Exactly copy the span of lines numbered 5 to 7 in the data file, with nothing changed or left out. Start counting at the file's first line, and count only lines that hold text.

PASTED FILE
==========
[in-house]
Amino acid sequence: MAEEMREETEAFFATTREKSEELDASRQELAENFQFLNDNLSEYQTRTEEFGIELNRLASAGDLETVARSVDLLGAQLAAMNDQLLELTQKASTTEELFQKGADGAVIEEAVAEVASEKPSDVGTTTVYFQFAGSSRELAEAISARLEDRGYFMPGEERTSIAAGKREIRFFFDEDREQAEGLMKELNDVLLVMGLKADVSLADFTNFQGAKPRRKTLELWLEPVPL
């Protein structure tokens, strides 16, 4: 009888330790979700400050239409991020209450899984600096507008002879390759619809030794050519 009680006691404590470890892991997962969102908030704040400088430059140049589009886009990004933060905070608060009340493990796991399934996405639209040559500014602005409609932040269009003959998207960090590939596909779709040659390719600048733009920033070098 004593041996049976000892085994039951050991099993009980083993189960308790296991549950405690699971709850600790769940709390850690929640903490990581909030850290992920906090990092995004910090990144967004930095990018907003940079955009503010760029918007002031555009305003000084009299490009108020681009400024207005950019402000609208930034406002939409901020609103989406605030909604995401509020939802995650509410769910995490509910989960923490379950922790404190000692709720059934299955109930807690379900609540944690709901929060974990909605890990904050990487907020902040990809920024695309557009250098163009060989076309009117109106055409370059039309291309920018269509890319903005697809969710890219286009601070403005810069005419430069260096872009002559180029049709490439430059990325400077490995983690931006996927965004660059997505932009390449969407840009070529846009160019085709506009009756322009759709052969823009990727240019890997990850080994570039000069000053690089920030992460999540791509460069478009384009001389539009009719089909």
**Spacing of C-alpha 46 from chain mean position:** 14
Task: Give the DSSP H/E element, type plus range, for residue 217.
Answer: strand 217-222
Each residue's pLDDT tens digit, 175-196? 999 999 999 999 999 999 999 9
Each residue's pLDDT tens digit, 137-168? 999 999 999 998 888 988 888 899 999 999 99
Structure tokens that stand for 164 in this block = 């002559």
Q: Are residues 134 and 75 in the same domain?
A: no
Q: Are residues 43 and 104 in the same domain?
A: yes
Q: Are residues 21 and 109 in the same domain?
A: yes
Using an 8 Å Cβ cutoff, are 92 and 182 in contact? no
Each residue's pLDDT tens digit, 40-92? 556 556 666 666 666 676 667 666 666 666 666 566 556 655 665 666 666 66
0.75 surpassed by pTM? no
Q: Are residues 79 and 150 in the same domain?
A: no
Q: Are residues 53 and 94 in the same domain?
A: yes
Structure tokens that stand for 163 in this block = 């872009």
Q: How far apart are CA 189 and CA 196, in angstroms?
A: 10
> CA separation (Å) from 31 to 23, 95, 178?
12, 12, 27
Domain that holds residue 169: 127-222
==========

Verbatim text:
Task: Give the DSSP H/E element, type plus range, for residue 217.
Answer: strand 217-222
Each residue's pLDDT tens digit, 175-196? 999 999 999 999 999 999 999 9